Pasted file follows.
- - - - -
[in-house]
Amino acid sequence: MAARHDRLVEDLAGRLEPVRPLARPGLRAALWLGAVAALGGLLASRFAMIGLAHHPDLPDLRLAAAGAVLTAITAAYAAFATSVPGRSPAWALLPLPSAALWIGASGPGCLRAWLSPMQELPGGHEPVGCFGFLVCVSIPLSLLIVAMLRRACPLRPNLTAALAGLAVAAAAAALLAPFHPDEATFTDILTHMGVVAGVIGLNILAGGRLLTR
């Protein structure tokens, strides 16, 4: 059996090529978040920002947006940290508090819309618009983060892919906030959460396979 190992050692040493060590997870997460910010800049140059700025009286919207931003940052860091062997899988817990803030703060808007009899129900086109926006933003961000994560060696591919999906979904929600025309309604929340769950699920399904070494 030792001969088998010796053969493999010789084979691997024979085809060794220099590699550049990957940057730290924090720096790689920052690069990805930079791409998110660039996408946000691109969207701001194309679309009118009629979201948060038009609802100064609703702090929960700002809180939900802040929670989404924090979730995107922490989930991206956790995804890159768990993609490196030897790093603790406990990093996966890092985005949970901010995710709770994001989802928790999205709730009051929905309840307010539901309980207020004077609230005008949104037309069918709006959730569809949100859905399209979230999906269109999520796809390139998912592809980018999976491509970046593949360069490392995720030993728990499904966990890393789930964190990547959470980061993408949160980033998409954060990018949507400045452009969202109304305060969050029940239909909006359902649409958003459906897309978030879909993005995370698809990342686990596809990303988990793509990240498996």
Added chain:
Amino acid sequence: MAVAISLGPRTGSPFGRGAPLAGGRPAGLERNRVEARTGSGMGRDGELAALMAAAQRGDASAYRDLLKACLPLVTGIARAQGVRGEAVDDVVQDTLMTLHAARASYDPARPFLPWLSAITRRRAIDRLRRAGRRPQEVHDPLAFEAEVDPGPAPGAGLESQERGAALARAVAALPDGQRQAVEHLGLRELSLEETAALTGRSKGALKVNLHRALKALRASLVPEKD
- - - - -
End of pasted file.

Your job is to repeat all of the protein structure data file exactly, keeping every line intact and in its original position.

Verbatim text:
[in-house]
Amino acid sequence: MAARHDRLVEDLAGRLEPVRPLARPGLRAALWLGAVAALGGLLASRFAMIGLAHHPDLPDLRLAAAGAVLTAITAAYAAFATSVPGRSPAWALLPLPSAALWIGASGPGCLRAWLSPMQELPGGHEPVGCFGFLVCVSIPLSLLIVAMLRRACPLRPNLTAALAGLAVAAAAAALLAPFHPDEATFTDILTHMGVVAGVIGLNILAGGRLLTR
């Protein structure tokens, strides 16, 4: 059996090529978040920002947006940290508090819309618009983060892919906030959460396979 190992050692040493060590997870997460910010800049140059700025009286919207931003940052860091062997899988817990803030703060808007009899129900086109926006933003961000994560060696591919999906979904929600025309309604929340769950699920399904070494 030792001969088998010796053969493999010789084979691997024979085809060794220099590699550049990957940057730290924090720096790689920052690069990805930079791409998110660039996408946000691109969207701001194309679309009118009629979201948060038009609802100064609703702090929960700002809180939900802040929670989404924090979730995107922490989930991206956790995804890159768990993609490196030897790093603790406990990093996966890092985005949970901010995710709770994001989802928790999205709730009051929905309840307010539901309980207020004077609230005008949104037309069918709006959730569809949100859905399209979230999906269109999520796809390139998912592809980018999976491509970046593949360069490392995720030993728990499904966990890393789930964190990547959470980061993408949160980033998409954060990018949507400045452009969202109304305060969050029940239909909006359902649409958003459906897309978030879909993005995370698809990342686990596809990303988990793509990240498996």
Added chain:
Amino acid sequence: MAVAISLGPRTGSPFGRGAPLAGGRPAGLERNRVEARTGSGMGRDGELAALMAAAQRGDASAYRDLLKACLPLVTGIARAQGVRGEAVDDVVQDTLMTLHAARASYDPARPFLPWLSAITRRRAIDRLRRAGRRPQEVHDPLAFEAEVDPGPAPGAGLESQERGAALARAVAALPDGQRQAVEHLGLRELSLEETAALTGRSKGALKVNLHRALKALRASLVPEKD